While it has some minor flaws, Rogue One is an exciting addition to the Star Wars franchise that does something almost unheard of: changes the way you look at the original films, especially A New Hope. Almost devoid of the lightheartedness of the OT, Rogue One is a film that reminds us that war is not a game, that there are nameless people who fight and sacrifice for what they believe is the greater good.

Whatever one wants to say about George Lucas, there’s no doubt now that he created a universe where many, MANY stories can still be told. With this and The Force Awakens, the franchise isn’t just back, IT’S BACK, BABY.


The Best Casting News Ever, Ever, EVER Award:

Donald Glover cast as Lando Calrissian in the young Han Solo movie.

Do we REALLY need a young Han Solo movie?

I didn’t think so, until I heard about Glover’s casting as Lando. I was literally squealing and jumping up and down at the news, because he’s SO PERFECT for the role.

Now, I’m actually looking forward to the movie, and take it as another sign of the resurgence of the Star Wars franchise.


The Show with Deaths More Devastating than Game of Thrones Award:

Call the Midwife

I’d heard lots of good things about Call the Midwife, but only binge-watched all its seasons this year.

What an amazing show. I plan to write about it more extensively in a future blog post.

Based on a memoir about midwives and Anglican sisters who serviced women in post-war London, it is gut-wrenching just as a matter of course.

It’s a show as much about the end of life as the beginning of it, and some of the deaths can be devastating. This year, the final episode had one that practically had me flat out on the floor in tears. (My niece quipped that the writers must have a running contest to see who can make the audience cry the most.)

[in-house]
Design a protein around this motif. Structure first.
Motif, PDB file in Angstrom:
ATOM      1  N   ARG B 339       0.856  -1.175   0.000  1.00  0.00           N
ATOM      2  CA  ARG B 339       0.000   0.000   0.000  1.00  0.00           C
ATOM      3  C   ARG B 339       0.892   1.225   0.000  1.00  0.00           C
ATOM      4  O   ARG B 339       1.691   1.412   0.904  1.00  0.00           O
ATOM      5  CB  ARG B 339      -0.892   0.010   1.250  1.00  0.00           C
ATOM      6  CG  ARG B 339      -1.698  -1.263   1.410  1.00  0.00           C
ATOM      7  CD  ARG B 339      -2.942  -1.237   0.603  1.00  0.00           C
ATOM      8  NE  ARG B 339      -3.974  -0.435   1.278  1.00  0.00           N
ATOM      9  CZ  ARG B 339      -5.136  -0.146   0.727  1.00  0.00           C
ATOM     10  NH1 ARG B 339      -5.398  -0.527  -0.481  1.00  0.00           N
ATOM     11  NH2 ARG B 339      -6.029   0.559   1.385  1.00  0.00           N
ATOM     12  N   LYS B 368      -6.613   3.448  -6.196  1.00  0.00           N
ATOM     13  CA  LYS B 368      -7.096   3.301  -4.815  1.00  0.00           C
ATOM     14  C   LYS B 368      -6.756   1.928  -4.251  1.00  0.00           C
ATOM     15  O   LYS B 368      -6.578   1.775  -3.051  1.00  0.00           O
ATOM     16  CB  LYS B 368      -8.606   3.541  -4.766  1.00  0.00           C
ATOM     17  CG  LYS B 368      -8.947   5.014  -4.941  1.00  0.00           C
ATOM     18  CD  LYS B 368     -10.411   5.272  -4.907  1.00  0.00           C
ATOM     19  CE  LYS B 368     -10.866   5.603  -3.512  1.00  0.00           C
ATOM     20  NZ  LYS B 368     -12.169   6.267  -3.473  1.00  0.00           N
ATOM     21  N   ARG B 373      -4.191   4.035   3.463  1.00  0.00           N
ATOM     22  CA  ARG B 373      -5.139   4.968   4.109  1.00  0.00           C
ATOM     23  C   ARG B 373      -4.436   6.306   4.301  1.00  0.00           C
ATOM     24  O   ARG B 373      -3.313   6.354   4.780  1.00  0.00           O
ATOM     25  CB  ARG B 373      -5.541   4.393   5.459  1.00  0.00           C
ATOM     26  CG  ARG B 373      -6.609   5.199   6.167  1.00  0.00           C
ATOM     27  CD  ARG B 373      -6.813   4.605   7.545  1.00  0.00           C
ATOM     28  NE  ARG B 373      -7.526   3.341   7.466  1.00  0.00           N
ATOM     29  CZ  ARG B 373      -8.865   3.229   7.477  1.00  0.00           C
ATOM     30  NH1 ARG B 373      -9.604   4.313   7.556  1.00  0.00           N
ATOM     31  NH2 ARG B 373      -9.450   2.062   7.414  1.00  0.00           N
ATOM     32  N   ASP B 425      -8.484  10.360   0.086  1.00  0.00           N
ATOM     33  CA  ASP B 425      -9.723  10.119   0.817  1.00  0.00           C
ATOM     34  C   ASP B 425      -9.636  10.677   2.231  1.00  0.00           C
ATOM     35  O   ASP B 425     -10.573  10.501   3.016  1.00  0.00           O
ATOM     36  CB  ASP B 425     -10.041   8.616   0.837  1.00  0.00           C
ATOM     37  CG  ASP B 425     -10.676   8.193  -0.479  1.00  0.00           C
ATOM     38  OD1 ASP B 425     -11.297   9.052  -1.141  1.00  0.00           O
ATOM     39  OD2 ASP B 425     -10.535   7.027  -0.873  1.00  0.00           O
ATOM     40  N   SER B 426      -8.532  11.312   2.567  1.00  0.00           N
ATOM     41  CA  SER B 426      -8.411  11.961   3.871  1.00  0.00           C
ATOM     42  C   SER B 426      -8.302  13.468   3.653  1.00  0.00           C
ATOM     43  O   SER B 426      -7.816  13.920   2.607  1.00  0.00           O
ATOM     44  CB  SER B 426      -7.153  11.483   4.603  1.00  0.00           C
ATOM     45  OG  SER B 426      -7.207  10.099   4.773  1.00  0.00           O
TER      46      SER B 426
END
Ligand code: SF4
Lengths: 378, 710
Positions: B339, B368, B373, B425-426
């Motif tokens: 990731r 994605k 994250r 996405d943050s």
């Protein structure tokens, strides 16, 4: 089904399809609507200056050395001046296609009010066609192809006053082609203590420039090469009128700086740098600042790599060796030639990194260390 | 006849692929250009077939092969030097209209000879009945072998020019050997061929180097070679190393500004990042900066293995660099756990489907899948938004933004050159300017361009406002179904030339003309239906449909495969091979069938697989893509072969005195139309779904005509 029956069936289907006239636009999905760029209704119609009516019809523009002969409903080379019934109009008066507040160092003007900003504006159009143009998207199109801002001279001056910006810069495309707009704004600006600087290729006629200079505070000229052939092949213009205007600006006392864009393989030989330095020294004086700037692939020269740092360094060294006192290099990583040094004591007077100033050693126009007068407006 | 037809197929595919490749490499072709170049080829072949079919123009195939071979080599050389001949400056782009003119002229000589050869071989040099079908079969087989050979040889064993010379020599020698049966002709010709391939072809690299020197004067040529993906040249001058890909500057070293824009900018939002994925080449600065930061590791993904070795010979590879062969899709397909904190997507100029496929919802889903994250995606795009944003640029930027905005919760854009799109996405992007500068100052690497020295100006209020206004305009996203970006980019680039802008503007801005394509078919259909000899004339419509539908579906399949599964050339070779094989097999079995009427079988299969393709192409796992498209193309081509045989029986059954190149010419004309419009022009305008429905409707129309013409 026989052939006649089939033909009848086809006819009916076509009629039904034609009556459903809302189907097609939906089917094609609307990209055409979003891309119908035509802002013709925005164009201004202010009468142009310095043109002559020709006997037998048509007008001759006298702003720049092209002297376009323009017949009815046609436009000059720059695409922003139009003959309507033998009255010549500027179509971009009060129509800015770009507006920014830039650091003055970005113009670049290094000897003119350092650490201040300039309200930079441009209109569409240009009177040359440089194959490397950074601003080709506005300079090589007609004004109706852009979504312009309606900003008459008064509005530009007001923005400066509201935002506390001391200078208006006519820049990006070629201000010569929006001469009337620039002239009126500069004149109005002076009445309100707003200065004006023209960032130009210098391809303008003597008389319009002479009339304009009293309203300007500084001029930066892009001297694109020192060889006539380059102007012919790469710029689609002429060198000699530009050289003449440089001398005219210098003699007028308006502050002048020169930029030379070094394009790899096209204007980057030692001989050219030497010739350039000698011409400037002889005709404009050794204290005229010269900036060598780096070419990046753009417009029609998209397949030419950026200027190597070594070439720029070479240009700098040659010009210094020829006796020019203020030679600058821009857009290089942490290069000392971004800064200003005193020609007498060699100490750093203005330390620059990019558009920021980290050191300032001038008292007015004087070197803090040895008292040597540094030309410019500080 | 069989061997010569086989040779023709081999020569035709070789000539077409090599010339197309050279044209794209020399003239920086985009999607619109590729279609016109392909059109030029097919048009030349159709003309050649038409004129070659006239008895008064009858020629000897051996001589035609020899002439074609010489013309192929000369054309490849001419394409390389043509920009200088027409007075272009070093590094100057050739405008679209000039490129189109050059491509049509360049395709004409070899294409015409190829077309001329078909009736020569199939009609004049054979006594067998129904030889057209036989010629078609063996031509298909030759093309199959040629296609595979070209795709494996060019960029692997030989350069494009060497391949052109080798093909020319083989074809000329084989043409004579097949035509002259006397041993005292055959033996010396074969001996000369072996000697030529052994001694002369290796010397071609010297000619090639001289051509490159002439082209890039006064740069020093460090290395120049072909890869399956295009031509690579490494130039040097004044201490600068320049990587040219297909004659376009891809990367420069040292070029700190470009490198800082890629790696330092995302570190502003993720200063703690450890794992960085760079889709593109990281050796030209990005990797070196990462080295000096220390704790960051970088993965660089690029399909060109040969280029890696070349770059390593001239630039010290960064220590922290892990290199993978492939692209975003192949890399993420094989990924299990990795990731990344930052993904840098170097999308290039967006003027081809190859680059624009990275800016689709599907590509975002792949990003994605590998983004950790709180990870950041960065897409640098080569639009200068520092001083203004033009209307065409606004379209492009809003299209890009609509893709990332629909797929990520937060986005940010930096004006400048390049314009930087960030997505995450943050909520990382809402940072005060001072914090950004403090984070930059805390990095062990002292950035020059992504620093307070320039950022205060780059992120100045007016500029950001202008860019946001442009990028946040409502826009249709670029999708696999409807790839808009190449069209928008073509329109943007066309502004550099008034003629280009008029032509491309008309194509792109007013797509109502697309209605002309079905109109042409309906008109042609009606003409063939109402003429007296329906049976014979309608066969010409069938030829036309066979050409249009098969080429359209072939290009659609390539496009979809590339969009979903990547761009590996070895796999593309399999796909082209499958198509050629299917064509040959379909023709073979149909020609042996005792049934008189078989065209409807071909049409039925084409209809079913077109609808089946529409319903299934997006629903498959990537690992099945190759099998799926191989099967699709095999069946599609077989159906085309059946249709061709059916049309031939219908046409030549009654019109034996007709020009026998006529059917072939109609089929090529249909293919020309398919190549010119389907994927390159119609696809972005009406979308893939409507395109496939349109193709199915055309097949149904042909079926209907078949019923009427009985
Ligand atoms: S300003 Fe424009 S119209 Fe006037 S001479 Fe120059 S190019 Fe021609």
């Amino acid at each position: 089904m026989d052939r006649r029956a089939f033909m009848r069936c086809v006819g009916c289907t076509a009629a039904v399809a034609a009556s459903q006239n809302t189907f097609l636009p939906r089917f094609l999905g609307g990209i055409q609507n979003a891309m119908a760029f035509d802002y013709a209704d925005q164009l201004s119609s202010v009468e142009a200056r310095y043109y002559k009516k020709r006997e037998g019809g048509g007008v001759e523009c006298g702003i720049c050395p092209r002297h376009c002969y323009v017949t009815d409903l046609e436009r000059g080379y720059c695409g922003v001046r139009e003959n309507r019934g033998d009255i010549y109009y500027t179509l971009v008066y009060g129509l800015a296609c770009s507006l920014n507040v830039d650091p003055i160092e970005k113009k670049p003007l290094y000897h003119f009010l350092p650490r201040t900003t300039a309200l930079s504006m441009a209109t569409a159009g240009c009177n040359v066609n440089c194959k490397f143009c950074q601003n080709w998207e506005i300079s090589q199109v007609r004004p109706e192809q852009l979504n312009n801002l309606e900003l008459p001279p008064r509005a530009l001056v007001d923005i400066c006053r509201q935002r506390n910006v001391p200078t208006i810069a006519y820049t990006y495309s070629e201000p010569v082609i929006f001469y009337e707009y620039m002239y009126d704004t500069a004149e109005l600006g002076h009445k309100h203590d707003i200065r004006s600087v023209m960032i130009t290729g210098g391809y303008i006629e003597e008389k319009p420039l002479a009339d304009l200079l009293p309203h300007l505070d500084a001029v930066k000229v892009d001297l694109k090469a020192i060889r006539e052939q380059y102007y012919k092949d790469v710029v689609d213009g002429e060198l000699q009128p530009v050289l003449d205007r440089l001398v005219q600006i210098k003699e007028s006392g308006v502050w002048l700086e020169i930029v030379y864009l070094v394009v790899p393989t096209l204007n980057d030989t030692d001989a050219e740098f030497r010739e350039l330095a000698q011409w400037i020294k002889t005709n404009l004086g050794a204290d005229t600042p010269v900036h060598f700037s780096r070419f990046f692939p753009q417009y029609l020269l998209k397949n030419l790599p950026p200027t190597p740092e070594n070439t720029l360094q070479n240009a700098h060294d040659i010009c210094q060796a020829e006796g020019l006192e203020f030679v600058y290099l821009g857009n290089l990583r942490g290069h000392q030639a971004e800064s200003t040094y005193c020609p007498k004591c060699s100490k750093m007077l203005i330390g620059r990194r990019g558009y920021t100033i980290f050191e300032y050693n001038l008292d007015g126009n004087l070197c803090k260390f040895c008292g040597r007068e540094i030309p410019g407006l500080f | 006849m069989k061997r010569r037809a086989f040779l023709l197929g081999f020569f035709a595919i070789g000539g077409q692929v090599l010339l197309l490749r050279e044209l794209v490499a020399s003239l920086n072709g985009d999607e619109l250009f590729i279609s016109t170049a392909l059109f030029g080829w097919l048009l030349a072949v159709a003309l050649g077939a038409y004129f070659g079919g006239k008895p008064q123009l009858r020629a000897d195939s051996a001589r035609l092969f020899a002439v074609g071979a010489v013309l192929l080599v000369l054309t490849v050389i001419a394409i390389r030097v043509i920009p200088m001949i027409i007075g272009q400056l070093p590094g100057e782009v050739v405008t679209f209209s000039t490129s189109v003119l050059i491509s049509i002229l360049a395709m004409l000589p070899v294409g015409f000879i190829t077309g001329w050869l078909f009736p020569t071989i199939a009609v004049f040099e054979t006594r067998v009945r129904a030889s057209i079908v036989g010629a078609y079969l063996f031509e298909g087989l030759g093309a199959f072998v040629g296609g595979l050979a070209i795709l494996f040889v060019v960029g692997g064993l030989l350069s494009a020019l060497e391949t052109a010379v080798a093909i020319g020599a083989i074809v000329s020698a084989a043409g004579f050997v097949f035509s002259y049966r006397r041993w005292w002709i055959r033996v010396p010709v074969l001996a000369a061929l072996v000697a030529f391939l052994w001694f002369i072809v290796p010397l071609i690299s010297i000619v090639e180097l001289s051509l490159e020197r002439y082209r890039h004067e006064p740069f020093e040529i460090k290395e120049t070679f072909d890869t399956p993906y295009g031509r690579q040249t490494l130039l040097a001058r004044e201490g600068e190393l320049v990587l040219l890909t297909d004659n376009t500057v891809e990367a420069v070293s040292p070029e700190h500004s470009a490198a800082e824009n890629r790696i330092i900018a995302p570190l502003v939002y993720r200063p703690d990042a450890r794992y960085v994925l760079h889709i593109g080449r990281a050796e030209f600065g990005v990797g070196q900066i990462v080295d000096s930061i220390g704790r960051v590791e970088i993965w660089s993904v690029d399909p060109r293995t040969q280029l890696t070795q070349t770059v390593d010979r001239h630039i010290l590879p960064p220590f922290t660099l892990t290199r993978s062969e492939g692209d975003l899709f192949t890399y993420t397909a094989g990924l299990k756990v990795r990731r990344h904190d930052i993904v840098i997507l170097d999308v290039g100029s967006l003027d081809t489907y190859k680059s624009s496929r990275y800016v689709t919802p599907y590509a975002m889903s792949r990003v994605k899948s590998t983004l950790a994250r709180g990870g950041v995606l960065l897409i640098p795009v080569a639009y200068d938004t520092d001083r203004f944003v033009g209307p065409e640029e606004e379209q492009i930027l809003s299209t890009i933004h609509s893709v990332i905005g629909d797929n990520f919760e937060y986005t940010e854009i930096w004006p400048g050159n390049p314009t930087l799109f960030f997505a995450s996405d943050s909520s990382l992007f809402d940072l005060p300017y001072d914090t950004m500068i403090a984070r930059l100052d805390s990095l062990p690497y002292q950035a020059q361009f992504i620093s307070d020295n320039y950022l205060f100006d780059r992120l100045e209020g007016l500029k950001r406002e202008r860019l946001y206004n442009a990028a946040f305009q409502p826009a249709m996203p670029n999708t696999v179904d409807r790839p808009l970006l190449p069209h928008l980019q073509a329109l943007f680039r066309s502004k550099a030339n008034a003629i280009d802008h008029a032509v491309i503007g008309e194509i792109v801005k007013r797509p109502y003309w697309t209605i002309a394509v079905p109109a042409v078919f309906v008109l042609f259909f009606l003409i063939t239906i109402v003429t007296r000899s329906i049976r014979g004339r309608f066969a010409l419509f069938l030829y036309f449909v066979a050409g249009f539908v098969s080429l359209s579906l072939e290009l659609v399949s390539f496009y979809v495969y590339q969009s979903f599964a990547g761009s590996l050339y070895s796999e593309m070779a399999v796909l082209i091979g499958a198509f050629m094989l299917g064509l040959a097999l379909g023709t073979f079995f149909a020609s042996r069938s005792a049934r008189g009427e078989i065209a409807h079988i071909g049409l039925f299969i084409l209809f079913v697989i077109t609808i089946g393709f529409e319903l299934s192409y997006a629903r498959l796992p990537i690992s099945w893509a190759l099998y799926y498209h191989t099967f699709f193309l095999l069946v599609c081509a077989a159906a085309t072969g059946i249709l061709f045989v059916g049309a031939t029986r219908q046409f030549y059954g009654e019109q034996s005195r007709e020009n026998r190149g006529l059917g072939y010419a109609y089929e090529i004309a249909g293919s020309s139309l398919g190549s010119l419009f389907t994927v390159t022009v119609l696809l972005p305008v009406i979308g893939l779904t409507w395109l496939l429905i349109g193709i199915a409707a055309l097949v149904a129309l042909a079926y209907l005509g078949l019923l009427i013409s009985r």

Death on TV series used to be quite rare, but now it’s fairly common. Call the Midwife knows how to do it with respect, giving the audience a well-earned catharsis.


The Light in a Very Dark Year Award:

Lin-Manuel Miranda

Man, what a cluster-you-know-what of a year. We lost so many beloved pop culture icons, some well before their time. Politics, both at home and abroad, were a horror show. The future at this moment seems very uncertain.

The one light that kept me going was Lin-Manuel Miranda. Someone on Twitter said that following him is like a master class on being an artist, and I think that’s very true.

He shone his positivity on the Tony Awards with his “Love is love is love is love” speech after the Pulse massacre in Orlando. His contribution to the Moana soundtrack—both writing and performing—gave us at least three new classic Disney songs. His tribute to Prince after his death—with the Hamilton cast singing and dancing to Let’s Go Crazy—was joyful and poignant. He released the extraordinary Hamilton Mixtape. His hilarious appearance on Drunk History to retell the Alexander Hamilton story was amazing. He kept his promise to record Hamilton with the original cast so that someday those who couldn’t make it to New York before they left the show could see them perform it.

Every interview, tweet, post, is full of gratitude for his success and a desire to pay it forward.

History has its eyes on you, Lin-Manuel, and it’s all good.